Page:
But an attacker who has root privileges on the device can modify that bitstream, which is stored in flash memory, they say.

For their research, Red Balloon Security used Cisco's 1001-X enterprise router.

"Elements of this bitstream can be modified to disable critical functionality in the TAm," they write. "Successful modification of the bitstream is persistent, and the Trust Anchor will be disabled in subsequent boot sequences. It is also possible to lock out any software updates to the TAm's bitstream."

The researchers discovered the vulnerability using a Cisco ASR 1001-X router, which is marketed toward enterprises and managed service providers. Cisco's advisory, however, contains a lengthy list of systems that may be vulnerable. That should be the extent of the products affected, as Cisco says it has investigated all products that employ the hardware-based Secure Boot functionality.

Second Vulnerability - Fixed

One condition for a successful exploit is the need for root access. But along with the disclosure of Thangrycat came another vulnerability found by Red Balloon researcher James Chambers. Good news: Cisco has already pushed a patch for this problem.

The issue, CVE-2019-1862, is a remote command injection vulnerability that affects Cisco's IOS XE 16. IOS is Cisco's operating system that runs on its routers and switches.

According to Cisco's description, an attacker with valid administrative access could exploit it "by supplying a crafted input parameter on a form in the Web UI and then submitting that form." In addition, "a successful exploit could allow the attacker to run arbitrary commands on the device with root privileges, which may lead to complete system compromise."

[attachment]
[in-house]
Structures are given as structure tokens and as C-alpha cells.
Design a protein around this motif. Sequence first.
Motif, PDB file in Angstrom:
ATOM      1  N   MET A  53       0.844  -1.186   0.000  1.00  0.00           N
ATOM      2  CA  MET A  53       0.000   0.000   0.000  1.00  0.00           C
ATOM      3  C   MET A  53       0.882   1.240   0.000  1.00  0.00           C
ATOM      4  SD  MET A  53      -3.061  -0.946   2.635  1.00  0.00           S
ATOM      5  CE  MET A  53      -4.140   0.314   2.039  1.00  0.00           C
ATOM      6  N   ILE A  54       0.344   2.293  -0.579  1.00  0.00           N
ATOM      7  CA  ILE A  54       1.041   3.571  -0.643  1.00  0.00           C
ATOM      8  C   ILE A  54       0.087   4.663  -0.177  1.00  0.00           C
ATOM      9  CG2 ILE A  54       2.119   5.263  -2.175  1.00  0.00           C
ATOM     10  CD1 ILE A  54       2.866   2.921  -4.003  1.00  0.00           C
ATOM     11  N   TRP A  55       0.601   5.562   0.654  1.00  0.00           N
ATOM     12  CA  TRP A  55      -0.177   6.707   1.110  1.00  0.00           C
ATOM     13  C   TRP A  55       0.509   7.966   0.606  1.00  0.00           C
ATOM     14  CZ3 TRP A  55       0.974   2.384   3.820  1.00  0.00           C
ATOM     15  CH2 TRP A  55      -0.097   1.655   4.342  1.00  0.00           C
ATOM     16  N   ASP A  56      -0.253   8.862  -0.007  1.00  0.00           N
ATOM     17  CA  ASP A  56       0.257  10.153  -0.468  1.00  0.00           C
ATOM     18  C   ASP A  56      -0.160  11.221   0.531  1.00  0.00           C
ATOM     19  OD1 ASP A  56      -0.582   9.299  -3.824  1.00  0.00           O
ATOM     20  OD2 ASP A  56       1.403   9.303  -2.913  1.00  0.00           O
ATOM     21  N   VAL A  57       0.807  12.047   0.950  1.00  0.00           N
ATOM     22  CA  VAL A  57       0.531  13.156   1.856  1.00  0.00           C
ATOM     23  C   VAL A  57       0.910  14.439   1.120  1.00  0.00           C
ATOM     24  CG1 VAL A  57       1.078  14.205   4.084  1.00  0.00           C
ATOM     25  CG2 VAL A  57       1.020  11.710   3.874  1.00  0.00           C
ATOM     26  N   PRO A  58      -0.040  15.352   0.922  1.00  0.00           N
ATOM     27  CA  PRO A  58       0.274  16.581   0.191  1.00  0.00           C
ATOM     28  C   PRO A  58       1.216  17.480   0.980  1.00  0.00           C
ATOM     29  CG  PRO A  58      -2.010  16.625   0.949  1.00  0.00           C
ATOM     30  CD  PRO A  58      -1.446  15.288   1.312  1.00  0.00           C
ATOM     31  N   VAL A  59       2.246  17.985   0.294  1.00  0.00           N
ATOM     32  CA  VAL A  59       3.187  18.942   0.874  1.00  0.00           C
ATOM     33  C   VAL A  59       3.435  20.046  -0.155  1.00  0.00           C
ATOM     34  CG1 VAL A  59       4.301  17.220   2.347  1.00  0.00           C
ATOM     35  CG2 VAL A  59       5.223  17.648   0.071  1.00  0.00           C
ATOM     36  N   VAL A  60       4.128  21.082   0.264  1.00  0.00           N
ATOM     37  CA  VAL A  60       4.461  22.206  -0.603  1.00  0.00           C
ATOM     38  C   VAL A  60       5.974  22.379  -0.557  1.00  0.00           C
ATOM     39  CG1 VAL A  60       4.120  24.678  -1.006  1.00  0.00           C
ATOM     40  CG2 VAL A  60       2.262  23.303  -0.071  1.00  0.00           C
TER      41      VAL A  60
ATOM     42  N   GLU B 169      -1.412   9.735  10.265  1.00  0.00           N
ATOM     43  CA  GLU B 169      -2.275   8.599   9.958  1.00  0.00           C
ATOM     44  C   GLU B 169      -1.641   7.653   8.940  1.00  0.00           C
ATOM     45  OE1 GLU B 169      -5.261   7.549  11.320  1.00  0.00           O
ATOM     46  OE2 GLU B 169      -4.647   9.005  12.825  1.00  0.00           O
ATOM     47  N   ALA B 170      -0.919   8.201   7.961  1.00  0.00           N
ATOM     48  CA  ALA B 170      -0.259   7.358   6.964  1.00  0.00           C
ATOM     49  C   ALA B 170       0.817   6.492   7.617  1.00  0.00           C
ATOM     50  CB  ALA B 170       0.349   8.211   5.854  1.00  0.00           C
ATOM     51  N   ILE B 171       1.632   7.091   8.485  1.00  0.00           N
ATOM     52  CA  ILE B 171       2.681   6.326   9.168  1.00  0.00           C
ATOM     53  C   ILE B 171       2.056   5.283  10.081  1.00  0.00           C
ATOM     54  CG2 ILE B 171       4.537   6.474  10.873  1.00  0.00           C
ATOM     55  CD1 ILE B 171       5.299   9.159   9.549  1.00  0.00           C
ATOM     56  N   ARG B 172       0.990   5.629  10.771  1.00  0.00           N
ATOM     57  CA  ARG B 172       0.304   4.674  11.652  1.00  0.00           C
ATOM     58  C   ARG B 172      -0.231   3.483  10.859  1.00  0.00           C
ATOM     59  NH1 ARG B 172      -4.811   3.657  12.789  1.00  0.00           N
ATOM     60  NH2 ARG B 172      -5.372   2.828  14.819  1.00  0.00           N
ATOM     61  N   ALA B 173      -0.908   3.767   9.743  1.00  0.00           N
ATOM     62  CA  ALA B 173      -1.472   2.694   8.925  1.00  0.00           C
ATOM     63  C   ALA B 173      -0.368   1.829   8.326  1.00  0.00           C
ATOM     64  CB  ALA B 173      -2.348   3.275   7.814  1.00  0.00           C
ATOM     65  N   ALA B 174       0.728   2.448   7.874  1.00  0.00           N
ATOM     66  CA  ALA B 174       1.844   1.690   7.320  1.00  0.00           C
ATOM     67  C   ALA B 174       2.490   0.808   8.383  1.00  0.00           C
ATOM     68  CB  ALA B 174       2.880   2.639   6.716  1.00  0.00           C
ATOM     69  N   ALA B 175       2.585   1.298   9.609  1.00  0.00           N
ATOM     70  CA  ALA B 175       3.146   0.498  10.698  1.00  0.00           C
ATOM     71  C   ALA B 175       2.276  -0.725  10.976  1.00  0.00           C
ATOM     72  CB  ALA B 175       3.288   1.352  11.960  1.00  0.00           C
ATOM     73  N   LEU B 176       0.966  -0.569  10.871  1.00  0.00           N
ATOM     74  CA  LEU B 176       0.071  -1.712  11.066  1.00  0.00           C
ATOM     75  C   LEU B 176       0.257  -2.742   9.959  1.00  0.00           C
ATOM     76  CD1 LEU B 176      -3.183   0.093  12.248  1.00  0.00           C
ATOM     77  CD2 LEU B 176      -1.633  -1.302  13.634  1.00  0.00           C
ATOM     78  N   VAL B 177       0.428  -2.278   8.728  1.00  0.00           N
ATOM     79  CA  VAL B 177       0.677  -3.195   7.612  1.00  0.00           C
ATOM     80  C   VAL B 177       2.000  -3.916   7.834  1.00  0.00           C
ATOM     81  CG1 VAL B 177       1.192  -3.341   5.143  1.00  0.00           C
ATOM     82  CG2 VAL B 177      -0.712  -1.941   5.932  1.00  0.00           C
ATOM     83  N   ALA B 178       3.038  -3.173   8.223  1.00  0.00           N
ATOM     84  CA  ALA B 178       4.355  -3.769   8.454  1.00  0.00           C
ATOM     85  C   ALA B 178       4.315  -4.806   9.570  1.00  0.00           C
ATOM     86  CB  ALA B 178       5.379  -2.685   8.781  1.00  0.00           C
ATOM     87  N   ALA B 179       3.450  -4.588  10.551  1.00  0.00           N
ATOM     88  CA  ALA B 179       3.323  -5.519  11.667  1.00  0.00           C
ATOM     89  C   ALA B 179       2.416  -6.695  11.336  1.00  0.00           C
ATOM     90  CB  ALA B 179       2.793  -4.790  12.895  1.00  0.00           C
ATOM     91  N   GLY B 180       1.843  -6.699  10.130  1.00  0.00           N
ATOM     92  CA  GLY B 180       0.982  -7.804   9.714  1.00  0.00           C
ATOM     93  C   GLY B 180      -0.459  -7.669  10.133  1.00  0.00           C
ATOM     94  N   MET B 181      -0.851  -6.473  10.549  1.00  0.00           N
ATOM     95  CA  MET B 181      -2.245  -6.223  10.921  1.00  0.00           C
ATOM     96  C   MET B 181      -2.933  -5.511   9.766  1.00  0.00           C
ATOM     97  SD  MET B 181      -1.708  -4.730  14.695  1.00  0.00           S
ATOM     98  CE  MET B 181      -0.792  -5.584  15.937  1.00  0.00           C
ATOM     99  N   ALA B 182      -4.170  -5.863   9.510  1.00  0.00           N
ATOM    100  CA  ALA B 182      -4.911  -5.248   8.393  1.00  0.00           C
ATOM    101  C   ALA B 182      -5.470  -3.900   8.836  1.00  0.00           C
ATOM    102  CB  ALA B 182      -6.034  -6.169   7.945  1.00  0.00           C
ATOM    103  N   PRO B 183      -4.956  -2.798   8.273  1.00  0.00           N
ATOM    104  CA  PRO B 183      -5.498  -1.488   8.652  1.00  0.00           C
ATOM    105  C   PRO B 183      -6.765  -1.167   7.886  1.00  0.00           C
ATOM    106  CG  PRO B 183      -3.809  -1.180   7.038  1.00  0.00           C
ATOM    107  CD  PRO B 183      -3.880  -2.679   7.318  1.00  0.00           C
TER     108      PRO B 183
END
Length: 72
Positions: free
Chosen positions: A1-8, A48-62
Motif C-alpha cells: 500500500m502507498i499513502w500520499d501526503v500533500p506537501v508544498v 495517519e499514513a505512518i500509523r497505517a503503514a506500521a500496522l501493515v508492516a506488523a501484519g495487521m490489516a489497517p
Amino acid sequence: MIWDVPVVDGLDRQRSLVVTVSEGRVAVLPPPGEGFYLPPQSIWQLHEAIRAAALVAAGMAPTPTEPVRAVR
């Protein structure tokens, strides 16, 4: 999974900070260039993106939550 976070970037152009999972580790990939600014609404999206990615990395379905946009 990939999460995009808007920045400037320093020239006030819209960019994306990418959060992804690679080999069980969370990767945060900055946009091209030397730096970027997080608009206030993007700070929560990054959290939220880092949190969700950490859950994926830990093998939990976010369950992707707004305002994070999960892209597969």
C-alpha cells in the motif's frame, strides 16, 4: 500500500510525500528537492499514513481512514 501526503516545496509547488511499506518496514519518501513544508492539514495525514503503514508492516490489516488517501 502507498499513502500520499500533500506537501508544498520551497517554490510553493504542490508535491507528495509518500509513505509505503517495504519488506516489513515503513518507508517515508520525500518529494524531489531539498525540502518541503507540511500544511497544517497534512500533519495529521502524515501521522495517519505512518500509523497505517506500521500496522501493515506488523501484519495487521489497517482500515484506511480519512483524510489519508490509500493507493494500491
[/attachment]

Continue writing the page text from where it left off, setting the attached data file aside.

Red Balloon notified Cisco of both of the vulnerabilities on Nov. 8, 2018, and has been working with Cisco's Product Security Incident Response Team to publicly disclose the flaws. The researchers say thy will analyze Cisco's patches upon release. But they expressed pessimism over the long-term consequences.

"Since Thrangrycat is fundamentally a hardware design flaw, we believe it will be very difficult, if not impossible to fully resolve this vulnerability via a software patch," the Red Balloon researchers write.

Cisco is already warning that the patches will require intense, manual effort to install.

"In most cases, the fix will require an on-premise reprogramming of a low-level hardware component that is required for normal device operation," the company says. "A failure during this reprogramming process may cause the device to become unusable and require a hardware replacement."

About the Author

Jeremy Kirk

Jeremy Kirk

Executive Editor, Security and Technology, ISMG

Kirk was executive editor for security and technology for Information Security Media Group. Reporting from Sydney, Australia, he created "The Ransomware Files" podcast, which tells the harrowing stories of IT pros who have fought back against ransomware.